35 Years at the C.N. Gorman Museum
Selections from the Permanent Collections


by Amber Bill

Carl Nelson Gorman, Kin-ya-onny-beyeh (Navajo)

Born on the Navajo Reservation, Carl Nelson Gorman (1907-1998) was a member of the Khinyá’ áni clan (the Towering House People).  Gorman began his career with his service in the U.S. Marines during WWII as a member of the elite group of Navajo Code Talkers who translated military intelligence into Navajo codes that were never broken.  After the war, Gorman studied art at the Otis Art Institute in Los Angeles.  To add to a long list of accomplishments, C.N. Gorman directed the Navajo Arts and Crafts Guild and was involved in and led a Navajo history project which conducted oral interviews with Navajo elders.  After his time at Otis Art Institute, he became a technical illustrator for Douglass Aircraft, established his own silk-screen company and became an instructor in Native American Art at the University of California, Davis.  Gorman’s work is displayed in national and international galleries and is known as an innovator in a variety of styles and media.

In 1969, UC Davis faculty member Jack Forbes invited Gorman to help develop the Native American Studies program.  As faculty, Gorman created the Native American art studio workshop.  To further his teaching, he established the museum to perpetuate Native art and to educate students of work by Native artists.  Since 1973, the museum furthered his vision to continue exhibiting contemporary Native art.  Upon his retirement from UC Davis, faculty, students, and community members honored his contribution to Native American Studies and Native American contemporary art by establishing the museum in his name.  Gorman also taught Navajo language courses at D-Q University and gave numerous lectures n Navajo culture to local community groups.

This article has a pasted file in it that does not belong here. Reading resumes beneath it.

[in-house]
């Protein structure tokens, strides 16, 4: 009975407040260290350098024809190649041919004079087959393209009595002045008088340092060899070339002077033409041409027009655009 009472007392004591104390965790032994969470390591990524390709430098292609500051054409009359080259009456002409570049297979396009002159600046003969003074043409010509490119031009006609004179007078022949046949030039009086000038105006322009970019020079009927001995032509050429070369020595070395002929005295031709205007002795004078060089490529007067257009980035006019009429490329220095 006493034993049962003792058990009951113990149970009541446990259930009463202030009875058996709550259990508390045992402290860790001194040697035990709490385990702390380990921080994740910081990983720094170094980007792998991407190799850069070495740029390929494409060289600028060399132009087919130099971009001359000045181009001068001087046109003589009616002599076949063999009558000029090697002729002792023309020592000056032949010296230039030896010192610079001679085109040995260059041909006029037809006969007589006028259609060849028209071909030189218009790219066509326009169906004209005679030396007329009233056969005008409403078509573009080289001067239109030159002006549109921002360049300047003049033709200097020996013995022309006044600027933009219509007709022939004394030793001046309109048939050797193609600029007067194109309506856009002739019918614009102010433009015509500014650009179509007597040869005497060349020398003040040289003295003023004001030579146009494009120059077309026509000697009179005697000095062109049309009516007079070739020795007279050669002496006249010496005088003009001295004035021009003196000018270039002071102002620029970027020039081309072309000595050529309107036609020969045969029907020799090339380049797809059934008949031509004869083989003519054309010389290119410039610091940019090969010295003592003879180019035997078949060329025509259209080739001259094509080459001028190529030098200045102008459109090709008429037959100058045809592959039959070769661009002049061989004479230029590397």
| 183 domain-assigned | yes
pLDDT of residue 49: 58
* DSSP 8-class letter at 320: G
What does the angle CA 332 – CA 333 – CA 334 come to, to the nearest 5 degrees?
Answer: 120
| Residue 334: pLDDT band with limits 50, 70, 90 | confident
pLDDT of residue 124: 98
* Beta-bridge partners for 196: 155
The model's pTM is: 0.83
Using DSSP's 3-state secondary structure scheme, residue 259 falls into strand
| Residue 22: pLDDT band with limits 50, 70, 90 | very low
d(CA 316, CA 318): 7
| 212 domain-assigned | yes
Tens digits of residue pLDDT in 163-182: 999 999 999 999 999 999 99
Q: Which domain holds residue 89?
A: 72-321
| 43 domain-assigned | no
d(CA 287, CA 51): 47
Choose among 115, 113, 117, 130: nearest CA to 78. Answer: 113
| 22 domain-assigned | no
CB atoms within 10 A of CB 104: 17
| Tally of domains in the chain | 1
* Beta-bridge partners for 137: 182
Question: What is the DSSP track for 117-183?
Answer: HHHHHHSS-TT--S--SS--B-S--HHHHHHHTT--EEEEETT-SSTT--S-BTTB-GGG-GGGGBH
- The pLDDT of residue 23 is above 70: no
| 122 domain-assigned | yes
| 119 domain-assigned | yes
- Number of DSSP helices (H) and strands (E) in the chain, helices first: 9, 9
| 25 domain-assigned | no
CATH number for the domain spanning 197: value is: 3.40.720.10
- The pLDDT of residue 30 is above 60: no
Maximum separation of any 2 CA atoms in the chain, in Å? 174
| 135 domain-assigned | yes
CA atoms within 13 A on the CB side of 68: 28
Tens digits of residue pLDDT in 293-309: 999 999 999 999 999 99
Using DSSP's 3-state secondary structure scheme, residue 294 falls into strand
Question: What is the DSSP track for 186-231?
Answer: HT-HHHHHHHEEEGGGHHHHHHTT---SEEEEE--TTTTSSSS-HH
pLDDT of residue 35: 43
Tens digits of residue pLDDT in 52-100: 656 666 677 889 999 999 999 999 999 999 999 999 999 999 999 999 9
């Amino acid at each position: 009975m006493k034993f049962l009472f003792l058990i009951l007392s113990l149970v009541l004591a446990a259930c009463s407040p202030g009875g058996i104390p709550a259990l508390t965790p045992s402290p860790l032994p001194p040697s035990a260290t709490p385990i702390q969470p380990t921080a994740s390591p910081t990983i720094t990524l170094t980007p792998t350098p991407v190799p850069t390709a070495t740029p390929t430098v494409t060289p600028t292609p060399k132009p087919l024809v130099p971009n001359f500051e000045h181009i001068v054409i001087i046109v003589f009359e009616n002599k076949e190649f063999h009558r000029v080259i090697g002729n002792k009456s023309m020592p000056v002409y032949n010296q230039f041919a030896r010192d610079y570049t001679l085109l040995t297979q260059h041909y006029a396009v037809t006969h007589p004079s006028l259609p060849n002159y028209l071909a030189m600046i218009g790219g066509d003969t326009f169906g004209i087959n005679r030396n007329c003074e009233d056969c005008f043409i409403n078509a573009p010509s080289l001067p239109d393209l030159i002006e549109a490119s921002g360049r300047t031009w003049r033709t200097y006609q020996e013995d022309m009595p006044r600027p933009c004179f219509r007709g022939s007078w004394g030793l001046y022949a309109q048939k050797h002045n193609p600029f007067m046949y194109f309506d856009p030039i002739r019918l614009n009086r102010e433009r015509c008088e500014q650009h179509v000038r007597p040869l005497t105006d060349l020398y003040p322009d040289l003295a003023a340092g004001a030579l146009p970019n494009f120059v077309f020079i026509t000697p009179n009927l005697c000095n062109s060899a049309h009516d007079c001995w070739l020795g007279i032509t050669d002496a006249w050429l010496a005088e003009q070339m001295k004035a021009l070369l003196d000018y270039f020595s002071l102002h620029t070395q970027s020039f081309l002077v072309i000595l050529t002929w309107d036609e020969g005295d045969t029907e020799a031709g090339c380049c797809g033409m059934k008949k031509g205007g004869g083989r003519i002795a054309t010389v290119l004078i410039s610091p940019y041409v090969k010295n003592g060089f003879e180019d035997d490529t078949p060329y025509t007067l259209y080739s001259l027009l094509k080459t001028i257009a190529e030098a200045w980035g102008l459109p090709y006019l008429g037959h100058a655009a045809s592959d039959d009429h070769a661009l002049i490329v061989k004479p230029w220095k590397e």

R.C. Gorman (Navajo)
Rudolph Carl Gorman (1932-2005) was born, of the Tl’ āshchí clan, on the Navajo Reservation in 1932.  His father, C.N. Gorman, was a highly regarded artist and teacher.  Growing up in a traditional Navajo hogan and herding sheep, Gorman began drawing at the age of three.  A student at Arizona State College (now Northern Arizona University), he studied literature and art, but left school to enlist in the Navy in 1951.  Stationed on the Mariana Islands, Gorman attend English and journalism classes at Guam Territorial College, but never abandoned his passion for drawing.  After his discharge, he used his talent as an illustrator for an article in School of Arts Magazine at Arizona State College. Later, he went on to enroll in art classes at Mexico City College and San Francisco State College.  His dream of receiving a teaching degree was never realized; however, his perseverance as an artist was rewarded.  In 1978, the College of Ganado awarded Gorman an honorary Doctorate of Fine Arts.  Like his father, R.C Gorman became a highly accomplished and regarded national Native artist of the Southwest.  After opening a gallery in Tubac, Arizona, Gorman conducted numerous workshops and started to experiment with lithography, studying under Jose Sanchez in Mexico City.

R.C. Gorman captured national attention due to his archetypal portrayals of Navajo women in paintings, prints, ceramics and sculptures.  He produced works using different media including acrylics, oils and oil pastels, silk screen, etching and lithographs.  In many of his works, Gorman had his subjects engaging in simple activities, which became his focal point.  Ultimately, the physical presence and spiritual life of the subject captivated his motivation as opposed to the contextual background.  His images often depicted the face, hand and feet with intricate detail; in truth, watercolor wash full-bodied Indian women became his trademark.

Frank Day, Ly-Dam Lilly, Fading Morning Star, (Konkow Maidu)
Growing up in Berry Creek, California, Frank Day (1902-1976) learned the ways of his people from his father, Twoboe (Billy) and other Maidu elders.  Twoboe was one of the last traditional leaders of the Bald Rock Konkow Maidu who passed on knowledge of Maidu history and mythology, language, song and traditions to his son.  Most of this inherited knowledge came from a time before the encroachment of settlers to Maidu homelands at a time when Maidu songs and stories, history and technology and beliefs were securely passed down from generation to generation.  Having received his education at Greenville Indian School in Plumas County and later at Bacone College in Muskogee, Day was widely known as an untrained Native artist.  Day’s main concern was the disappearance of his tribe’s worldview due to the lack of documentation.